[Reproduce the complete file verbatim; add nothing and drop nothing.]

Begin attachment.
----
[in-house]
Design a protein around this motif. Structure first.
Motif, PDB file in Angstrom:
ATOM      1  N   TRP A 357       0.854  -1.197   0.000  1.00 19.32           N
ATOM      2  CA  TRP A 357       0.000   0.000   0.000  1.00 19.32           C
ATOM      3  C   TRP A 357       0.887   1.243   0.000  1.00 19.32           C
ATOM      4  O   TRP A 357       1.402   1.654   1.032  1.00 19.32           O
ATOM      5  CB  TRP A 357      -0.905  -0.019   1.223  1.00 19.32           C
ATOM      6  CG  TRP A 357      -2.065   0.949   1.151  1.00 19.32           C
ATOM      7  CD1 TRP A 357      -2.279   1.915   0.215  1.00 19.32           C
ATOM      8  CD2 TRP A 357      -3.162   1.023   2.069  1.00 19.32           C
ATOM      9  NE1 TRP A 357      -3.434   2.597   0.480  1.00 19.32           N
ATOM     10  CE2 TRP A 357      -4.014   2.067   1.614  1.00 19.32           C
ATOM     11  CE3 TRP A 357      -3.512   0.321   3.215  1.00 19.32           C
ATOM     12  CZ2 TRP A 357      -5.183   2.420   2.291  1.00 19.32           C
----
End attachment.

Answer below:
[in-house]
Design a protein around this motif. Structure first.
Motif, PDB file in Angstrom:
ATOM      1  N   TRP A 357       0.854  -1.197   0.000  1.00 19.32           N
ATOM      2  CA  TRP A 357       0.000   0.000   0.000  1.00 19.32           C
ATOM      3  C   TRP A 357       0.887   1.243   0.000  1.00 19.32           C
ATOM      4  O   TRP A 357       1.402   1.654   1.032  1.00 19.32           O
ATOM      5  CB  TRP A 357      -0.905  -0.019   1.223  1.00 19.32           C
ATOM      6  CG  TRP A 357      -2.065   0.949   1.151  1.00 19.32           C
ATOM      7  CD1 TRP A 357      -2.279   1.915   0.215  1.00 19.32           C
ATOM      8  CD2 TRP A 357      -3.162   1.023   2.069  1.00 19.32           C
ATOM      9  NE1 TRP A 357      -3.434   2.597   0.480  1.00 19.32           N
ATOM     10  CE2 TRP A 357      -4.014   2.067   1.614  1.00 19.32           C
ATOM     11  CE3 TRP A 357      -3.512   0.321   3.215  1.00 19.32           C
ATOM     12  CZ2 TRP A 357      -5.183   2.420   2.291  1.00 19.32           C